A typical microcap mining company (~$100m) has one mine that they are working on (either to bring it to production or they are producing it. But we're not interested in the already-producing ones because there's less upside). In other words, they are a single-asset company. As such, the value of the mine minus any liabilities is equal to the value of the company, otherwise known as Net Asset Value ('NAV').
Because a mine's economics is a set of cash flows in and out during a defined period of time, the best valuation approach to use is the Discounted Cash Flow ('DCF'), which the valuation model in this example uses. Adding up all of the discounted cash flows, we will derive the Net Present Value ('NPV').
First, at the top of the model, enter the valuation date that you want to calculate the NPV on. It could be a future date if you want to know what the valuation will be at a future date.
If you are using the model in 2018 or 2019, then you can change the years by changing where '2017' currently is.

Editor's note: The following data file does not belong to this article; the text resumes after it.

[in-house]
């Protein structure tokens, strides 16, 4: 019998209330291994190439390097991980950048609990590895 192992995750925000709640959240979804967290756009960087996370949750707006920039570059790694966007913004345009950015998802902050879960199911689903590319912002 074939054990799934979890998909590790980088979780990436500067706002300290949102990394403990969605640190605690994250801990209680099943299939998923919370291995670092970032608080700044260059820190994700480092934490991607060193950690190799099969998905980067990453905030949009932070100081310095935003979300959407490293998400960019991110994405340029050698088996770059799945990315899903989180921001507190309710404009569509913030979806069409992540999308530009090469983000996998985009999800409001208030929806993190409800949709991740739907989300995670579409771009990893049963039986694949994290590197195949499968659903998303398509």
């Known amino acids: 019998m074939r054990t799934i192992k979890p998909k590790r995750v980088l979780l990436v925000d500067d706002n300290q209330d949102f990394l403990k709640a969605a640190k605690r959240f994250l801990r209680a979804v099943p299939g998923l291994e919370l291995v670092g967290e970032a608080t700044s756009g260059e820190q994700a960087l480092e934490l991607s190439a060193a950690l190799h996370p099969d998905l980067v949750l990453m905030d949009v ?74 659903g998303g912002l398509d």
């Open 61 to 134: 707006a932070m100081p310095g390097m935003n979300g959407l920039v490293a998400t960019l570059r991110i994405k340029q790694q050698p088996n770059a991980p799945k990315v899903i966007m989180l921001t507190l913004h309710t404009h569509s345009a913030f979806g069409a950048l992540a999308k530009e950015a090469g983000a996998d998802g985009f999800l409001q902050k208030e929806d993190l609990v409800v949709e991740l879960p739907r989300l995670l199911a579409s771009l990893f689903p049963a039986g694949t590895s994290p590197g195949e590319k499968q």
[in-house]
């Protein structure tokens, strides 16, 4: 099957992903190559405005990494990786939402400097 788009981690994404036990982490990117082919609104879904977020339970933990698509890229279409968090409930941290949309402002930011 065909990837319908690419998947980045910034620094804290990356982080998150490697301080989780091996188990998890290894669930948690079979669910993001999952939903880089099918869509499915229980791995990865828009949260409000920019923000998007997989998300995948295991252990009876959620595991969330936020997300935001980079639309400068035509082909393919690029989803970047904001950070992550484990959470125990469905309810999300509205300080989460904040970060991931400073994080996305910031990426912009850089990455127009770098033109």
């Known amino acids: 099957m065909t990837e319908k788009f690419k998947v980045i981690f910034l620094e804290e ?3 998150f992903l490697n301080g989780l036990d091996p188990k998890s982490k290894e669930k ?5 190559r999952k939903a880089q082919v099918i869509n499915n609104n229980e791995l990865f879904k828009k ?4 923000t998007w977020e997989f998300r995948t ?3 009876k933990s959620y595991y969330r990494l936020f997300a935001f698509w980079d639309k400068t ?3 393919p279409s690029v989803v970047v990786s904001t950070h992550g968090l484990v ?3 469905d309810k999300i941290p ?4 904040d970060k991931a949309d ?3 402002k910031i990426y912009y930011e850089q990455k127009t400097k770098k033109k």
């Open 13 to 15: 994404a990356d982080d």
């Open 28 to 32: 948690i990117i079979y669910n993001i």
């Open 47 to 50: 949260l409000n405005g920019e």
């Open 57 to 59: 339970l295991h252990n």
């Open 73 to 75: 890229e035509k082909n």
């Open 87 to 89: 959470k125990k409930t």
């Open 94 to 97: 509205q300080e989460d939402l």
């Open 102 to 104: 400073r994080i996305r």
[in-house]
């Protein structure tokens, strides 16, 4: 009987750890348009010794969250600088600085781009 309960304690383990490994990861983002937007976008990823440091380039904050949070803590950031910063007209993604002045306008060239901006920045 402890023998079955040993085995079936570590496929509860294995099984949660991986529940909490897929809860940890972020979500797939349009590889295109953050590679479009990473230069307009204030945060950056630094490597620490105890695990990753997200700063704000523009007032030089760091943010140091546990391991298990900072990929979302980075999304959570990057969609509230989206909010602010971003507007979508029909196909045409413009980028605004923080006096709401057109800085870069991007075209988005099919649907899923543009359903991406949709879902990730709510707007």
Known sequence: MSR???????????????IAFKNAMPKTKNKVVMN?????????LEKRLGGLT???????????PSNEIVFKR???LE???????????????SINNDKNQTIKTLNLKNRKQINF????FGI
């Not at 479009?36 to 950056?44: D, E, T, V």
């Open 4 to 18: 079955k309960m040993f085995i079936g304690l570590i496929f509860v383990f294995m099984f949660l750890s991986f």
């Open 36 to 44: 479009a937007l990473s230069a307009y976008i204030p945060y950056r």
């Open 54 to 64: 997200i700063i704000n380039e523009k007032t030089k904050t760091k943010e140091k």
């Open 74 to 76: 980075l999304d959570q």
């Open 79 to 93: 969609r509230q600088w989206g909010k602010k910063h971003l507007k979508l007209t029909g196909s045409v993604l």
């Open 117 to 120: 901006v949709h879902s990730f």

If you've noticed by now, all of the LIGHT BLUE font means you can change the assumptions and input it directly. Black font cells are formulas so if you enter a value, it'll mess up the whole model. Only input in the blue font cells.
We've gone through the inputs and the calculation of gold production above, so we'll skip this part. One important note is that in a DCF model for a mining company, there is no Terminal Value that catches the cash flows of an infinite period of time beyond a defined time period (for example, 5 years of defined time period and a terminal value for infinite period). The reason is that each mine has a maximum number of contained gold, so it won't go forever.